Planers are great tools for maintaining straightness on double surfaces and cutting wood with precision accuracy to the desired thickness. You can use a woodworking planer to create parallel surfaces and adjust the thickness of finished boards quickly.
One of the great benefits of using a planer is that it allows you to reclaim old wood from homes and furniture. Just remove any metal, such as nails, screws, hinges, etc., so you don’t risk damaging the cutting head or yourself. You can set the head to cut a shallow layer of wood and make multiple passes until the wood meets your thickness requirements or until a recycled board is clean from stains, dyes, coatings and paint. Other benefits of adding a planer to your workshop include:
- Making any woodworking project easier
- Producing flat even surfaces in a single pass
- Crafting custom boards with precise shapes
- Cutting any wood surface to the right thickness
Why Planers Are Extremely Useful in Woodworking
Planers help you recover old wood, and you can use wood scraps, irregular pieces of wood and rough-cut wood for your project. Some of these scraps and rough-cut wood require a jointer to produce a smooth surface before you can use the planer to trim the wood to an even thickness.
With a planer in your shop, you can buy any thickness of wood for your project and save by choosing irregular pieces and scraps. Expert planer users can even feed a series of rough wood blocks into the planer to craft perfect deck spindles. The planer is perfect for projects that require joining two edges together in a seamless fit. As you gain experience with the planer, you can even bevel a door edge.
What a Planer Can’t Do
You can’t get a smooth starting surface on rough lumber with just a planer. That’s why you need both a planer and jointer if you plan lots of projects and use various kinds of wood.
Proper Training to Operate a Planer
Planers aren’t very user-friendly because the work can be dangerous. Proper training in how to use a modern bench planer, board planer or edge planer is important – even for experienced woodworkers. Used by people without training, planers can cause snipe, tear-outs and inclined planes. Any of these issues can defeat the purpose of using a planer by adding to the cost of your project.
Planers have high horsepower and a high cutter speed, which makes the equipment dangerous in inexperienced hands. It’s important to take the time to learn how to operate a planer – preferably with hands-on training under the supervision of a skilled operator. It’s important to wear hearing protection, which many woodworkers ignore. The following video produced by the WoodWorkers Guild Of America provides good coverage of some of the risks of operating a planer without training.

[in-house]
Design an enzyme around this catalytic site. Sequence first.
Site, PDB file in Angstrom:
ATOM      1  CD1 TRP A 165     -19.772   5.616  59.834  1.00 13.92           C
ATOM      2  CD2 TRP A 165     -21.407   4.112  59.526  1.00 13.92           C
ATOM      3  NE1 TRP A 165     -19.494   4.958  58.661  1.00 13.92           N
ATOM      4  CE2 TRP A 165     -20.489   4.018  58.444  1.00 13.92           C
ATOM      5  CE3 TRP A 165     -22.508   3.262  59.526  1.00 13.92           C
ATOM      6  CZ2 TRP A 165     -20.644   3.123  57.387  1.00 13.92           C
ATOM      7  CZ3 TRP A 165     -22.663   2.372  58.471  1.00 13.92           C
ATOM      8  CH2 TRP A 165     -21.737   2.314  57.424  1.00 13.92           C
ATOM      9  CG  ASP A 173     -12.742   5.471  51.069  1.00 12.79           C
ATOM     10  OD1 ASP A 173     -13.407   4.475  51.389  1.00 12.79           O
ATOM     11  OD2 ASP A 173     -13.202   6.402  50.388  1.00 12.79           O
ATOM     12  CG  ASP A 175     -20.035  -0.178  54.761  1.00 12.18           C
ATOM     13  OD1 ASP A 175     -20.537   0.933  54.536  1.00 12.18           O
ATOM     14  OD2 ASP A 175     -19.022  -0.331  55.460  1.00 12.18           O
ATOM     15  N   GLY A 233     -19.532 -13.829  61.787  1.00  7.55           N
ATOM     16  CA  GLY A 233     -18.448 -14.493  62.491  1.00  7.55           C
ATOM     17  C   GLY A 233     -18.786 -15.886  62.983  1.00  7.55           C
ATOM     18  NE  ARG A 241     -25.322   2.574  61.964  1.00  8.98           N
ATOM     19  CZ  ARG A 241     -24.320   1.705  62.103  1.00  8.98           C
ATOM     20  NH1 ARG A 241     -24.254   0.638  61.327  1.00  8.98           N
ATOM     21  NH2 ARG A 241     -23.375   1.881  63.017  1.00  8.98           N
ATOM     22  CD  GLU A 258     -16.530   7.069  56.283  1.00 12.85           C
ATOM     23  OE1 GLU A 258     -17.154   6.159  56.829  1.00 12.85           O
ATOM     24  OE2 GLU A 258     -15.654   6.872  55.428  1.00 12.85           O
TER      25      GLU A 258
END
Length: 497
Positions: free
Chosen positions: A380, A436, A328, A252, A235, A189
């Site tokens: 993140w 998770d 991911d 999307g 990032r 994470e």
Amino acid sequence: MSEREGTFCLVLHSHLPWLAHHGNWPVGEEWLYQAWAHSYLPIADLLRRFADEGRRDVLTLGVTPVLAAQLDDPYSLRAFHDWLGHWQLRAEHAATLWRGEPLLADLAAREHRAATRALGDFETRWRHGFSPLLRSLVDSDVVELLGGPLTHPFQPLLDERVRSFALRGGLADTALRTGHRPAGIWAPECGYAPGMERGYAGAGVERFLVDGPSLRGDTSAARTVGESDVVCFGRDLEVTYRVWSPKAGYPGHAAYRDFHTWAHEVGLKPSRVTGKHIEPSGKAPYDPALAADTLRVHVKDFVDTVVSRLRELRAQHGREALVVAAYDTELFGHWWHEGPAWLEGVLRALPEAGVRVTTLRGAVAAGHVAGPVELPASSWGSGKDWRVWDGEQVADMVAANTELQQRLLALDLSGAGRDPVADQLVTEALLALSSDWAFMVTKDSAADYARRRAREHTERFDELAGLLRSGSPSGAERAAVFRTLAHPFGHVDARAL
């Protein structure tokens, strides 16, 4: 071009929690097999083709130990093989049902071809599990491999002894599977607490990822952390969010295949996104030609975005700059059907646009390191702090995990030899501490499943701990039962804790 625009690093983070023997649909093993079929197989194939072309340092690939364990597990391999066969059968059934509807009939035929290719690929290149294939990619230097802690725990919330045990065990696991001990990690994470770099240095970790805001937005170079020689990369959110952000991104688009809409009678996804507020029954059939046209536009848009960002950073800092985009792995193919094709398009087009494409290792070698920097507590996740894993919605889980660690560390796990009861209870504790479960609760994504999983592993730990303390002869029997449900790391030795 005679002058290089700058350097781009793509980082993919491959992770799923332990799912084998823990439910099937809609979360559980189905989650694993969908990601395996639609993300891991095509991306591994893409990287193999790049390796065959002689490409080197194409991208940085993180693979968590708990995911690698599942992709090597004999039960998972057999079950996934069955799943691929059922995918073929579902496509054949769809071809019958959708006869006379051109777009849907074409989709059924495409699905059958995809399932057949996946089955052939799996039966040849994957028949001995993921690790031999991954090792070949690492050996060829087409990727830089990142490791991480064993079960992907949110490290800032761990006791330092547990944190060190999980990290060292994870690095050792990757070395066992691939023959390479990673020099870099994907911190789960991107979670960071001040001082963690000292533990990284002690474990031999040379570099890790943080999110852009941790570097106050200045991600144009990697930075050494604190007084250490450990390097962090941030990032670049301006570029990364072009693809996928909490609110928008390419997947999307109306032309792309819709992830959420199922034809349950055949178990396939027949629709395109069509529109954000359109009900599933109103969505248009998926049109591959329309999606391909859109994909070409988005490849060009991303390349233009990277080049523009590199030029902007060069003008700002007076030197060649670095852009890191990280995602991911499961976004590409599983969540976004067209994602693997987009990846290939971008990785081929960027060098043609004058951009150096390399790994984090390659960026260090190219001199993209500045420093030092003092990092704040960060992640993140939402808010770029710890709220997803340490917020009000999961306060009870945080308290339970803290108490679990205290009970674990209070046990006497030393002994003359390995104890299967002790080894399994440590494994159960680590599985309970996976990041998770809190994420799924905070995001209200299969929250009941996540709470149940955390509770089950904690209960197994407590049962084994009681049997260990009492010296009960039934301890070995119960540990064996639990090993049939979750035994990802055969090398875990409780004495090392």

Planer Safety Precautions and Maintenance Tips
Power planers can be deceptive because they’re portable, not too loud and feel as if they’re easy to control. Some can be as easy to handle as a power drill, but that lets you forget that they’re running at tremendous speed. You must always realize that the cutter is exposed, and it can easily take off a limb.
It’s important to let the planer get up to full speed before attempting to cut with it. The built-in kickstand of a portable planer keeps the cutting head off of the work surface, but accidents happen. It’s best to turn off the machine when you’re not using it.
Wood planer safety precautions include wearing safety goggles and hearing protection. You should make sure any boards are free of nails, screws and other metal. Even solid knots in the wood can pose safety risks. You should not plane wood thinner than 10 millimeters because the wood could easily break and fly in different directions. Other key safety precautions of using any type of planer include:
- Keep the cutting blades sharp.
- Clean the planer with compressed air to remove sawdust and debris – especially around the rollers and cutting head.
- Clean the head’s elevation screws and guideposts in the same way.
- If the motor stalls, turn it off before you restart the planer.
Why Jointers and Planers Are Essential in a Well-Equipped Workshop
You need both a planer and a jointer to get the greatest yield out of rough-cut lumber, and saving money is the primary reason that most woodworkers choose rough-cut lumber. You pay a substantial premium if the lumberyard cuts and finishes your boards. Having both tools gives you the ability to handle almost any project – from reclaiming wood to building a deck for your home.
The cost of a planer vs. jointer varies by model, HP rating, brand and other criteria. The cost is usually a medium price in the middle hundreds for a machine designed for home and workshop use, but the price may be too steep to buy both machines at the same time.
Which to Choose?
If you must choose one at a time, a planer provides a better cost-value return because it can be used for multiple woodworking processes for cutting boards, but if you need two parallel boards, one of them won’t be parallel to the other face – unless you use a jointer. Planers have to be used on both sides of a board to get an even thickness, but the job can be done. Jointers won’t enable you to thickness boards to precise dimensions. Planers were made for thicknessing, and that’s a valuable ability to have in your workshop. You can buy pre-milled boards from the lumberyard and cut them to any thickness you want.
Getting both machines as quickly as possible will extend your woodworking ability, save on future lumber purchases and give you greater control over any project. Sizing rough lumber is impossible without a jointer to square and straighten the wood.
The two woodworking tools go hand-in-hand in a well-equipped shop. If you want to extend your woodworking skills, reclaim old wood, reduce the cost of lumber and take greater control of your projects, planer vs jointer is a trick question. You need both.